It was known for a while that cold ammunition does not perform as well as ammunition at a warmer temperature. The higher the temperature of the ammunition, the higher the velocity of the bullet. Of course, the increase in velocity is also accompanied by an increase in the chamber pressure. This is caused because the powder in the ammunition burns at a faster rate when it is warm and at a slower rate when it is cold.
This phenomenon affects how ammunition should be stored. For instance, in a National match in 1930, it was found that ammunition that was exposed to direct sun rays for several hours before the match, was generating excessive pressure, causing some firearms to malfunction. The problem got so bad that the organizers had to stop the match and replace the ammunition with others stored at cooler temperatures.
However, ammunition stored at colder temperatures will ignite slower and not generate as much pressure and velocity, which could cause the bullet to reduce its range. Therefore, when people publish data about velocities and pressures generated by different ammunition types, this data is always measured at a certain standard temperature (in the United States, this is generally 59 degrees fahrenheit)
Modern ammunition is not as susceptible to the effect of temperature swings, but it still happens. So what is the amount of loss or gain due to variations in temperature, the reader asks?
Several different authorities attempted to answer this question in the 1930s. According to studies conducted by the Frankford Arsenal (located in Northeast Philadelphia, Pennsylvania) and Burnside Laboratory (located in Carney's Point, New Jersey), the ammunition they tested increased in velocity on average by about 1.7 feet per second for every one degree fahrenheit rise in temperature for ammunition loaded with IMR type smokeless powders. What this meant is that ammunition heated from (say) 70 degrees fahrenheit to (say) 130 degrees fahrenheit would experience an increase in velocity of about 102 feet/sec.
Correlation between ammunition temperatures and velocities for three different types of ammunition. Click on image to enlarge
This test was conducted by the US Ordinance Department and the image is now in the public domain.
Of course, the composition of the ammunition plays a large part in this and different ammunition types react to temperature in different ways. The US Ordinance Department also conducted its own tests in the 1930s and the results are shown in the graph above. As you can see from the above graph, Dupont's 1489 powder generates about 51000 PSI (pounds per square-inch) of pressure at 70 degrees fahrenheit, but generates about 56500 PSI of pressure at 140 degrees fahrenheit. This is an increase of about 5500 PSI (or 11% increase) and some firearms may not be able to handle the excess pressure generated.
In case you're wondering why 70 degrees fahrenheit appears in the graphs and notes above, it is because that was the "standard temperature" that measurements were taken against in the 1930s. These days, the standard temperature in the US is considered to be 59 degrees fahrenheit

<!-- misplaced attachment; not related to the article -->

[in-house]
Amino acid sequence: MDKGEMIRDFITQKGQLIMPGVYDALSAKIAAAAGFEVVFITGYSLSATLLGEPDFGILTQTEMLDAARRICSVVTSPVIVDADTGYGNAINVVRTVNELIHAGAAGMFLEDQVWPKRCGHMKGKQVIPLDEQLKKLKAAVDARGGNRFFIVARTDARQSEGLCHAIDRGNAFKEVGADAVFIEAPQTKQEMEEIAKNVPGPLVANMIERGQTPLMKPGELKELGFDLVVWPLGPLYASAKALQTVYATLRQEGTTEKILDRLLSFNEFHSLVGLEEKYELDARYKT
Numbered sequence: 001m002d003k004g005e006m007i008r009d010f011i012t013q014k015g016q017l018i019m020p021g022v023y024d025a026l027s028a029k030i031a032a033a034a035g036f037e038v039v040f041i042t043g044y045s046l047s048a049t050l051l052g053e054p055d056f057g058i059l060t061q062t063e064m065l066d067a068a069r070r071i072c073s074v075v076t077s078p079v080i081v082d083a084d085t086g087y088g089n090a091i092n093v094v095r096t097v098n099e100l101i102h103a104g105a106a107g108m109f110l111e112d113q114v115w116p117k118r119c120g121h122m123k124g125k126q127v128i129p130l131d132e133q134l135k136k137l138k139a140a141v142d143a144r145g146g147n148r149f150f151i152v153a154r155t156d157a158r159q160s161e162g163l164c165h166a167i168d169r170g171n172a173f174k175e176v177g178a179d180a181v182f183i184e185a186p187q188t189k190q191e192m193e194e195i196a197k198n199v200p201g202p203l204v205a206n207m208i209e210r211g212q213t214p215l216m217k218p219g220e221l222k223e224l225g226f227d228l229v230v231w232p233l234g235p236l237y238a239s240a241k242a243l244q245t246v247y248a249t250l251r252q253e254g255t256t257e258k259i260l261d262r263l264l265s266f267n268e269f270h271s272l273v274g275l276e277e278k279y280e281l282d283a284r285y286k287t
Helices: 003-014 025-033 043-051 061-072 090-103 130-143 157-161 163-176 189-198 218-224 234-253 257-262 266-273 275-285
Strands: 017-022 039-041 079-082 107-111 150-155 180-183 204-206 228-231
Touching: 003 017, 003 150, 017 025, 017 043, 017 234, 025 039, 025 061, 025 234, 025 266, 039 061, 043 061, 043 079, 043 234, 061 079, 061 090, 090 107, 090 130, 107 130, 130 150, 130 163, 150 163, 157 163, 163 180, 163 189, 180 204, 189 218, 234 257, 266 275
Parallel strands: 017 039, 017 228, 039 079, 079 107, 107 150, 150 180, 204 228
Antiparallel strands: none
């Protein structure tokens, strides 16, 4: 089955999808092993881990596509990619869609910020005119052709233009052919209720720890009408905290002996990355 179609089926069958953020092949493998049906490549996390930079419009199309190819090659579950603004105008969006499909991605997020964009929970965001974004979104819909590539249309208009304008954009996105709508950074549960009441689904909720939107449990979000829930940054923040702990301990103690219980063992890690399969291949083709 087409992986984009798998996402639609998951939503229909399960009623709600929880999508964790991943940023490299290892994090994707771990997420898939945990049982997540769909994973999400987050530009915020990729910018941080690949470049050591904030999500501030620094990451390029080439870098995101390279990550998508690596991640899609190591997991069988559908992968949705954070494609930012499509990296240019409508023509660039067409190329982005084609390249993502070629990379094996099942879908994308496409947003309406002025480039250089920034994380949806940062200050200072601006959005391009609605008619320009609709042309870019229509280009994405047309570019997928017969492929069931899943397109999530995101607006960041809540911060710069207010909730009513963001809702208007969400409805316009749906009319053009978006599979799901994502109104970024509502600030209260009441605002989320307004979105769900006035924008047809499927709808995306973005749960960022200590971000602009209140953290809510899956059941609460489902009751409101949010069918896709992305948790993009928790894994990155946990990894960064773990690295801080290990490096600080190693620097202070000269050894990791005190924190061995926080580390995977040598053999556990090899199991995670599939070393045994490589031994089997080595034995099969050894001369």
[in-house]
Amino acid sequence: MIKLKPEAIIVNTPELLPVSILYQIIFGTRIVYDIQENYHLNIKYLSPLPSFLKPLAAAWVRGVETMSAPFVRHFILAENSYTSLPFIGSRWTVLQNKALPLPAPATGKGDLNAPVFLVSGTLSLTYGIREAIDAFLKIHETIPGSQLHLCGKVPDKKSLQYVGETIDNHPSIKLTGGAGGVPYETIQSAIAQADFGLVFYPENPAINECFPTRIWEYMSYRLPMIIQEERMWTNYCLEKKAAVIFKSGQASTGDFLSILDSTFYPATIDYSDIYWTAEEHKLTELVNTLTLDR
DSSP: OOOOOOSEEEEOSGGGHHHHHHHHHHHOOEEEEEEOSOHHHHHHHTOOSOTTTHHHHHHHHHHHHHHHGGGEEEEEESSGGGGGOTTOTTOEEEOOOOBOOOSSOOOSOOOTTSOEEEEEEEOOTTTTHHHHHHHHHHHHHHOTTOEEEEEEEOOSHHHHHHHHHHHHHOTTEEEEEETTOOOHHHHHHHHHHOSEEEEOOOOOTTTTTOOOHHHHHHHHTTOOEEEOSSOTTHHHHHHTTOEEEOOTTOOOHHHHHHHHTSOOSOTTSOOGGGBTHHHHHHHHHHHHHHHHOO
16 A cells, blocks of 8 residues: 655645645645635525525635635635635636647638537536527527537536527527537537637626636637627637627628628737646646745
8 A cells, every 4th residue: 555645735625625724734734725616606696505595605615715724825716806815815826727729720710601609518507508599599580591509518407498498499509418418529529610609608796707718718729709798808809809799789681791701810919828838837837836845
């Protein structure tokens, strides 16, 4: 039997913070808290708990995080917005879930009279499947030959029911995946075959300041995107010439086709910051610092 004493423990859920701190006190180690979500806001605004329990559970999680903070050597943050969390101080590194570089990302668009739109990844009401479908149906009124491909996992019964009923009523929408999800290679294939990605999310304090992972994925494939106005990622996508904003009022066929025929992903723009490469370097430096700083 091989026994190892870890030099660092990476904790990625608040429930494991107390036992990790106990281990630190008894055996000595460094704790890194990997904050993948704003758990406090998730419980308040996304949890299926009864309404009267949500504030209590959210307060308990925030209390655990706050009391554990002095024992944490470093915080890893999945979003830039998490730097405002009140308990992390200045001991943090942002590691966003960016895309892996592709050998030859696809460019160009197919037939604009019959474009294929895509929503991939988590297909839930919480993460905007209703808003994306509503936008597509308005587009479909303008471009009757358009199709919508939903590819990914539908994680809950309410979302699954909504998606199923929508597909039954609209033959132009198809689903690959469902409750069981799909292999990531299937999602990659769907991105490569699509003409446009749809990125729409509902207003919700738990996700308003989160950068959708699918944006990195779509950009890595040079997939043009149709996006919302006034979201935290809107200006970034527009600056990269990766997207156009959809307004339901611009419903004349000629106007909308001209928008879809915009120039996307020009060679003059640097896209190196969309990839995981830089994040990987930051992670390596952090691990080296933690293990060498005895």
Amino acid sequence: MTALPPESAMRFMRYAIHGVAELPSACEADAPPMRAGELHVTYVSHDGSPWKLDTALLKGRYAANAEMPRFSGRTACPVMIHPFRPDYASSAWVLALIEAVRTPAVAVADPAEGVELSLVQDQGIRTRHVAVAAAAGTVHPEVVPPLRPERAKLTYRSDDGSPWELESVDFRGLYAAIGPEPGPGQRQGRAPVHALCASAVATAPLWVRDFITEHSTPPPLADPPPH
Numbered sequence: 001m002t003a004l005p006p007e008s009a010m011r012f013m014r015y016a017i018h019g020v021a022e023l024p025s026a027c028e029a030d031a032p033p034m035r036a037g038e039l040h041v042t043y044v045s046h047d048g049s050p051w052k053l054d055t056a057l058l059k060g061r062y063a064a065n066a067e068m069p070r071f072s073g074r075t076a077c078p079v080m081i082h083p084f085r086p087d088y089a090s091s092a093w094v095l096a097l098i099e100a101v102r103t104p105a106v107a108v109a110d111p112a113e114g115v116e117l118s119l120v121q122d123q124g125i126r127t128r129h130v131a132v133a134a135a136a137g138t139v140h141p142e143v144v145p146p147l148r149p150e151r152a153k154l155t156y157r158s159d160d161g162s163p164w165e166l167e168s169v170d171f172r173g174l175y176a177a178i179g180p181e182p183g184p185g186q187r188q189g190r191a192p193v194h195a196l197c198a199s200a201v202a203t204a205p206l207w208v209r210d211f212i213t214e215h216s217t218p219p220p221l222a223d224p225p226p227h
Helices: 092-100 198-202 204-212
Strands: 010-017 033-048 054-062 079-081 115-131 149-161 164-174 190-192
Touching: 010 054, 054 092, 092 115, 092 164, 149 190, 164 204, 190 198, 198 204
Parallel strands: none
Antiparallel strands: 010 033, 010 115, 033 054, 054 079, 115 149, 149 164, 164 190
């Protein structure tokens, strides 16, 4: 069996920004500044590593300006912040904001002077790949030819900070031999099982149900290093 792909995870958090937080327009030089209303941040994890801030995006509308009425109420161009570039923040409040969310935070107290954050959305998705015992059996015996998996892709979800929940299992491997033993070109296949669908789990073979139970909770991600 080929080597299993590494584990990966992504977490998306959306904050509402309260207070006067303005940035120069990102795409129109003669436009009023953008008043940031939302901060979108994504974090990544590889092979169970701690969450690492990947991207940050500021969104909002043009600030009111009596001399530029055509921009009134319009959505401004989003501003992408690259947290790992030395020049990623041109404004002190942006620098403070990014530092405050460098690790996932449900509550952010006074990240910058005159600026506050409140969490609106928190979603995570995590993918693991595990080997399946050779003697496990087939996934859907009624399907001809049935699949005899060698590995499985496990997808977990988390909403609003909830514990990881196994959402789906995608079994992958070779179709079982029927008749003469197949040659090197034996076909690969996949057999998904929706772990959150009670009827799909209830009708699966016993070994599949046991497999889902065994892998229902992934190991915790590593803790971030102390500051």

The following table is based on U.S. Army tests on .308 Winchester ammunition, which is the commercial variant of the 7.62x51 mm NATO standard ammunition.
|Bullet Drop at
|-10||2400 feet/sec||-109 inches|
|+25||2500 feet/sec||-100 inches|
|+59||2600 feet/sec||-91 inches|
|+100||2700 feet/sec||-84 inches|
Bear in mind that air is a good insulator, whereas brass is a good conductor of heat. Therefore, ammunition that is exposed to direct sunlight may reach higher temperatures than the surrounding air and 130-140 degrees fahrenheit is not an unusual temperature for ammunition to reach. The excessive pressures may cause some firearms to malfunction and can also affect the accuracy of the weapon.
Consider that a hunting rifle has been zeroed in at a temperature of about 80 degrees fahrenheit (which is the average temperature on a typical day where the author lives in Southern California). Now let's say the person goes hunting with that rifle in Alaska, where the average temperature in early morning is typically about 0 degrees fahrenheit. That is a 80 degree variation in temperature, which can cause the velocity of the bullets to drop by a significant amount. This means the sights will need to be readjusted because of the drop in velocity and chamber pressures.
In the late 1800s, the British author and firearms manufacturer, W.W. Greener, came up with a pretty convenient approximate formula to account for changes in temperature. His formula is based on a standard temperature of 60 degrees fahrenheit (rather than the modern ballistic standard of 59 degrees F) and is as follows:
Range adjustment for temperature = (degrees +/- from 60 degrees fahrenheit) * (target distance in hundreds of yards) / 10
So if the temperature is above 60 degrees, we should subtract this distance from the actual range and if the temperature is below 60 degrees, we should add this distance to the actual range. For example, say the temperature is 100 degrees fahrenheit and the actual distance to the target is 800 yards. Therefore, we calculate:
Range adjustment for temperature = 40 * 8 / 10
which works out to 32 yards. What this means is that though the actual distance to the target is 800 yards, we should treat it as being at (800 - 32) = 768 yards and adjust the sights accordingly.